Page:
STEM Fun: Dyeing Easter Eggs with My Little Girl!

Two years ago, I did a blog entry about how much fun it was to dye Easter Eggs with my little girl. Now that she’s almost six, the activity is not only fun but an absolute learning experience involving STEM, or shall I say STEAM. Quinn was eager to do just about everything from start to finish. She organized everything on the counter and even suggested that we organize the cups in the order of the rainbow colors.

When it was time to add the tablets, she recalled from last year that her fingers should be dry so that none of the dye gets on them. Without me informing her, she remembered that the vinegar would go to the first measurement line, and the water would go to the second line.  “Alexa, set a timer for one minute,” she said after the eggs were in the cups.  We took a look, and she said let’s leave them in a little longer so that the color will get darker.

Since we had one egg that cracked as it boiled, we decided to experiment with it. “How about we dip it in blue first and then dip it in red so that we can get a purple eggs?” she suggested. I love how she’s always thinking and experimenting. Then came the artistic component. She designed each colorful egg and made them look so cute, almost too cute for me to eat! I felt like the one I had was begging me not to eat her with those big jiggly eyes.

Even if you don’t celebrate Easter, doing this activity is a great way to teach children colors, how to do measurements,  how to have patience, trial and error and how to get creative. Another bonus is that it’s a wonderful bonding experience that results with a treat to eat.

All the best,

Tanya

Making Easter Eggs to “Dye” for with My Little Girl

When I was younger, I loved dying eggs with my mom for Easter. Now, I’m able to keep the cherished tradition alive with my little girl. There’s so many styles from which to choose instead of the basic color dye, but I wanted something that was not too messy yet fun for my soon-to-be three year old. At Target, one of our favorite stores, we located a decorating kit to transform the eggs into zoo and circus animals for five dollars. Quinn enjoyed dying the eggs but really loved decorating them as animals, as did I.

Now, there’s one major problem. They’re so adorable that I don’t think my husband, Quinn or I can bring ourselves to eat them. It’s a good thing that we only decorated four as animals and left the rest in plain colors. It looks like it’s going to be a Happy Easter for our new egg friends: the tiger, zebra, giraffe and elephant. Happy Easter to you and your family.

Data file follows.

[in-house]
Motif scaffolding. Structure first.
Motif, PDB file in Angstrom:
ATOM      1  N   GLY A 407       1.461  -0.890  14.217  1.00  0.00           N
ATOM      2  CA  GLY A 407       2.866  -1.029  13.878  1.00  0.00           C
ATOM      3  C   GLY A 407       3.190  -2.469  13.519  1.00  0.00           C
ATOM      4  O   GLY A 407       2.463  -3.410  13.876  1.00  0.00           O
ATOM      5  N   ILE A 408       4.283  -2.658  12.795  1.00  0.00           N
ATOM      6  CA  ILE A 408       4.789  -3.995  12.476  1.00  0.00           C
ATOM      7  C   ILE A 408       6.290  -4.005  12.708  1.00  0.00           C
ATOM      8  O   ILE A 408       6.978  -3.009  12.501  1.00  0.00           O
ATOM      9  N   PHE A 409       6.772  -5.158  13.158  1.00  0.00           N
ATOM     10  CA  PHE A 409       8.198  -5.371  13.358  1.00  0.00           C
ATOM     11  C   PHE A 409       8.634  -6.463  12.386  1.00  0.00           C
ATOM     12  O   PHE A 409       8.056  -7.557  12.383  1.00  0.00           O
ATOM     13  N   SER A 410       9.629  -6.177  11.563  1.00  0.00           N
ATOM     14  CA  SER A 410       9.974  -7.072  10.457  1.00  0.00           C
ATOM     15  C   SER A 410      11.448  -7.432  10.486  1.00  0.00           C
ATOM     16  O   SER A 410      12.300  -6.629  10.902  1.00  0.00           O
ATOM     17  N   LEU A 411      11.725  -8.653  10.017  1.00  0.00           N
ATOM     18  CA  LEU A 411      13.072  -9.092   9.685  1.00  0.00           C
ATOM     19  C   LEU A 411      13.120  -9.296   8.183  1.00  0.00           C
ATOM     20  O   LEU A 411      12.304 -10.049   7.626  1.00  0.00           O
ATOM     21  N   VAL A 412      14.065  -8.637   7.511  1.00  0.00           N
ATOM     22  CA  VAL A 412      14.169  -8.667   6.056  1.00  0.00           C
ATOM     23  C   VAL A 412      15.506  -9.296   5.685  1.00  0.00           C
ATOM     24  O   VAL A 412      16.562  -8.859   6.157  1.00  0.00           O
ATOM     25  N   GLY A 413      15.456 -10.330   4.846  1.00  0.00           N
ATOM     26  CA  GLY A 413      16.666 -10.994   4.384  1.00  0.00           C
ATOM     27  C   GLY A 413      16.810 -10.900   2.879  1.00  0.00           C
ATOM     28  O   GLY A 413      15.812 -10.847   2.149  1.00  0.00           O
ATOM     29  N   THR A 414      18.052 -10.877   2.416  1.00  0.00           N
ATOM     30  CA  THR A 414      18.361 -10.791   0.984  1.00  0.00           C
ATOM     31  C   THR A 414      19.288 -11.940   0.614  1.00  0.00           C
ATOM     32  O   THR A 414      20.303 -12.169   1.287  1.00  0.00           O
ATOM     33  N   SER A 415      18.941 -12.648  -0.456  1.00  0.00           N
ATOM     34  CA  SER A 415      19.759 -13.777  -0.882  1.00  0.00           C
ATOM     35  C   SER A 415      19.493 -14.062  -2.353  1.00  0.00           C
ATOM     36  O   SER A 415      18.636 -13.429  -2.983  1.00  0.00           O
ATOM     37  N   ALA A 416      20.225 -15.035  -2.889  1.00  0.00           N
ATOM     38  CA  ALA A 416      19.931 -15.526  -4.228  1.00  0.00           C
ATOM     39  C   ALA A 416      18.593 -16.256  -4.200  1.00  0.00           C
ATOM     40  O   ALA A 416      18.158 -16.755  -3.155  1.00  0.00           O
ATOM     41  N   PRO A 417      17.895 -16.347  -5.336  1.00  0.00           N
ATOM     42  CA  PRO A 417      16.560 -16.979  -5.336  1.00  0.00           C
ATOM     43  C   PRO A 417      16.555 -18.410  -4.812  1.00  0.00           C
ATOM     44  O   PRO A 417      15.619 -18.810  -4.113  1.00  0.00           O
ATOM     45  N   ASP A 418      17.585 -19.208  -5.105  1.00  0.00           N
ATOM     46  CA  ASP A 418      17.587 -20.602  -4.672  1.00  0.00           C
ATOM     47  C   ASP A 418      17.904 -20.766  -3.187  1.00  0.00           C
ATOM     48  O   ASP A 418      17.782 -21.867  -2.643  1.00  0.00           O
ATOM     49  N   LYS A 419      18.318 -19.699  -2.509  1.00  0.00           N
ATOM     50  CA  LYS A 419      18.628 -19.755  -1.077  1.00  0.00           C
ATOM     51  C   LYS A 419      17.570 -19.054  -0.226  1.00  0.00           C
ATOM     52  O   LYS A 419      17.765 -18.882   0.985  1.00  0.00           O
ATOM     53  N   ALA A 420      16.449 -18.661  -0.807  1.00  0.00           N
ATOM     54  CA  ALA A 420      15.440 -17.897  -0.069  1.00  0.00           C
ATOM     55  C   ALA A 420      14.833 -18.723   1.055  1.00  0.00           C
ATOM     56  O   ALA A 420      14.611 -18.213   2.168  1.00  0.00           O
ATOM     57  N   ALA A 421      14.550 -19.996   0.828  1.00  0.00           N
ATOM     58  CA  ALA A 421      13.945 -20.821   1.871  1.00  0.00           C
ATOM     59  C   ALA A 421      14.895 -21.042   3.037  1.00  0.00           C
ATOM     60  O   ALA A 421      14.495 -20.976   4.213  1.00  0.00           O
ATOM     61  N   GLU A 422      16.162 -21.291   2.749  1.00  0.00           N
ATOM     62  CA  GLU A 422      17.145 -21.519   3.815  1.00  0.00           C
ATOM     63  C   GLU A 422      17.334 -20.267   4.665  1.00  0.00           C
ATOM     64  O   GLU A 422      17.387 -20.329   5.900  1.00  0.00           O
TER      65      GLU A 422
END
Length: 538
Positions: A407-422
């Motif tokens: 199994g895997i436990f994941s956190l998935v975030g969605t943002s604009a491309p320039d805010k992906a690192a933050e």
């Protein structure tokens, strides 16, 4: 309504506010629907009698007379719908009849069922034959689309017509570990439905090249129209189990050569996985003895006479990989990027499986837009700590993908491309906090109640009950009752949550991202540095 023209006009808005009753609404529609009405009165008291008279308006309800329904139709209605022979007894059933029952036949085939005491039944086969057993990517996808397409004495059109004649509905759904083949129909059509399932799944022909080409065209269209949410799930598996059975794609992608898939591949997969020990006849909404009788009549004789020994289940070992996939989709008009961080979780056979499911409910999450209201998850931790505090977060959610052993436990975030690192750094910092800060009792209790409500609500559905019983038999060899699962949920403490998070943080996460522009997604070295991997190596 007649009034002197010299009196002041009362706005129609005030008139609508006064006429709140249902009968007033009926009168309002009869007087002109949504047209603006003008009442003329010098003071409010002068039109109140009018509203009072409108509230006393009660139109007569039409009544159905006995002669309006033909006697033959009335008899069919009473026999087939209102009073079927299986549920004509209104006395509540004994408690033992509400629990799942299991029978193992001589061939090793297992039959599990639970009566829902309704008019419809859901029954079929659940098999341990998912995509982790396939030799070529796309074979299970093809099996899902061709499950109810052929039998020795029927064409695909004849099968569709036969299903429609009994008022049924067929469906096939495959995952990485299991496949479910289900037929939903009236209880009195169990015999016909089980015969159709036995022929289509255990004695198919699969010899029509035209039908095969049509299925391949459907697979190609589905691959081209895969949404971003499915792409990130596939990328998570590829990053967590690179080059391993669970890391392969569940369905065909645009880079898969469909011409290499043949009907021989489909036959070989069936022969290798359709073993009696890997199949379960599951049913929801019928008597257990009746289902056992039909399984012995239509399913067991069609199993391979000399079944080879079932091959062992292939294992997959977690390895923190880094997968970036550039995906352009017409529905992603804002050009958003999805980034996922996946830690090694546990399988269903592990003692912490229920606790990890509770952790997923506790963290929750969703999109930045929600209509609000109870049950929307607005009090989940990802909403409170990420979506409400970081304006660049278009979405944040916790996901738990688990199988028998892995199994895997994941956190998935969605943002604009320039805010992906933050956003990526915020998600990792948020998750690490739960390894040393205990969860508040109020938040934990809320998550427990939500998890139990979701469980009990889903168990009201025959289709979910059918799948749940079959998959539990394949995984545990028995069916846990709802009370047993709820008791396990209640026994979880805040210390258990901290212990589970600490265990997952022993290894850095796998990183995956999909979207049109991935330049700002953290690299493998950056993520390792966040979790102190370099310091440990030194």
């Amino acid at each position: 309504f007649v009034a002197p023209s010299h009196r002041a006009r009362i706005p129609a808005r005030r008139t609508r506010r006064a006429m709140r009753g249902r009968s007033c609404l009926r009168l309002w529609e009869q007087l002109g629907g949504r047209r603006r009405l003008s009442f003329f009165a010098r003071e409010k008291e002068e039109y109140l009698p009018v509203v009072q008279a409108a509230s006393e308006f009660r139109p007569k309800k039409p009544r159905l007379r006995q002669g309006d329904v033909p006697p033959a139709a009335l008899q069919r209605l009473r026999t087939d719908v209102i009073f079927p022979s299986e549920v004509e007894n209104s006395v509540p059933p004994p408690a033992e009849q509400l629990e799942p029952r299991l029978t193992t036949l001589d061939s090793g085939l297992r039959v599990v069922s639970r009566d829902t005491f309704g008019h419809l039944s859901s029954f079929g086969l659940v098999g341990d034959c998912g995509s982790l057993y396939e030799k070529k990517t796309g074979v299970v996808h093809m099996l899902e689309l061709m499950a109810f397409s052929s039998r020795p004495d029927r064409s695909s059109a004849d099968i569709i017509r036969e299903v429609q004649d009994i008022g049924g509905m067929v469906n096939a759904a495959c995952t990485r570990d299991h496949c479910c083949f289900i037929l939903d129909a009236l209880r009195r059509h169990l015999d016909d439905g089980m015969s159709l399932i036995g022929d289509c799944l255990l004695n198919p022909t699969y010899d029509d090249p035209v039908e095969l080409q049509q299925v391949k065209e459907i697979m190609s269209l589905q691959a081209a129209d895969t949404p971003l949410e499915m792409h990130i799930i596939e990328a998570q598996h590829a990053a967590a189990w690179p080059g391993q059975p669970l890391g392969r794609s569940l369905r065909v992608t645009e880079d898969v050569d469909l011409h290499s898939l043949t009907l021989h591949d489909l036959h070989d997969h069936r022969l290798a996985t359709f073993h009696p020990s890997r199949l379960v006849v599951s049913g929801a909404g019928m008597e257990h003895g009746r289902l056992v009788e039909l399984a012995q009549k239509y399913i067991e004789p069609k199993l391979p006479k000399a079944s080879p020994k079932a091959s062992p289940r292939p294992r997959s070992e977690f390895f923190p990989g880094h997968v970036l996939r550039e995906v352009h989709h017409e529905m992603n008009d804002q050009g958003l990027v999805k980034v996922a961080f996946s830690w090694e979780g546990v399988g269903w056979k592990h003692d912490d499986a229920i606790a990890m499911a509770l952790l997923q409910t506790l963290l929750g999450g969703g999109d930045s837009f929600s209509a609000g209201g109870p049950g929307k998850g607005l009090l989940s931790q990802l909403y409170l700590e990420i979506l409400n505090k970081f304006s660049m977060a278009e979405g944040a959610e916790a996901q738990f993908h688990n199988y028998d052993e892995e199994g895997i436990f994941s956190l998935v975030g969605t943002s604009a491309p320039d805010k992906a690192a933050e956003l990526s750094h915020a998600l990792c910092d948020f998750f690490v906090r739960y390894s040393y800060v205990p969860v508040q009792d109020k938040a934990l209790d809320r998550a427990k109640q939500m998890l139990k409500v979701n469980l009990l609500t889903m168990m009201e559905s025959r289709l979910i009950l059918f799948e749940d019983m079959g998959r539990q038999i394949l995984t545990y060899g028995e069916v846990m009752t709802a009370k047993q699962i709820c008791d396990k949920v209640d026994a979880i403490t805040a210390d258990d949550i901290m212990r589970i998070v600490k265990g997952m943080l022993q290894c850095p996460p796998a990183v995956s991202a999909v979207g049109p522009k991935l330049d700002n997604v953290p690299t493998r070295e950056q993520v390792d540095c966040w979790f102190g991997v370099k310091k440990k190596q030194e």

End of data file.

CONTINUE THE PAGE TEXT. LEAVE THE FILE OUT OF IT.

All the best,

Tanya

Mommy’s “Moment” Monday: Perfecting Fun With My Little One

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Getting a Lesson in Abstract Painting from My Daughter. (Can you guess which bunny is hers and which is mine?)

It may sound cliche, but not a day goes by that my little girl doesn’t teach me something about motherhood, childhood, myself or just life in general. One moment that’s been on my mind just occurred this past Friday. My daughter and I were doing an Easter painting  project with large plastic bunnies I purchased at Target. Since I’m a big kid at heart, I purchased one for her and one for me so that we could both have a little fun.

As we got started with the project, I labored over what colors to use and if I should use some painter’s tape to ensure that my lines were straight. I even thought of drawing a little sketch of how I wanted my bunny to look so that it would be perfect. My soon-to-be three year old, on the other hand, was just excited to be creative with the paint and wanted to use all of the colors. She was eager to mix the yellow and blue together to make green while I tried to keep the colors separate on my little painting plate and warned her not to dip the brush in the different color paints because it would change the color. I even found myself making commentary on her bunny, in a cheerful yet judging way. “Your bunny sure does have a lot of paint everywhere, Quinine!”

At that moment, I stopped and briefly thought about what I was doing. I was stifling her fun and making a great activity into work and projected my a perfectionist ways onto my daughter. Though she did not appear to be bothered by what I realized I was doing, it bothered me because I want her to enjoy being a kid and to explore her creativity. She actually taught me to relax and to not worry so much about everything being perfect. Sometimes it’s nice to just have a little fun without following all of the so-called rules and expectations.  In the end, we both enjoyed painting our bunnies, and I am looking forward to more teachable moments courtesy of my daughter.

All the best,

Tanya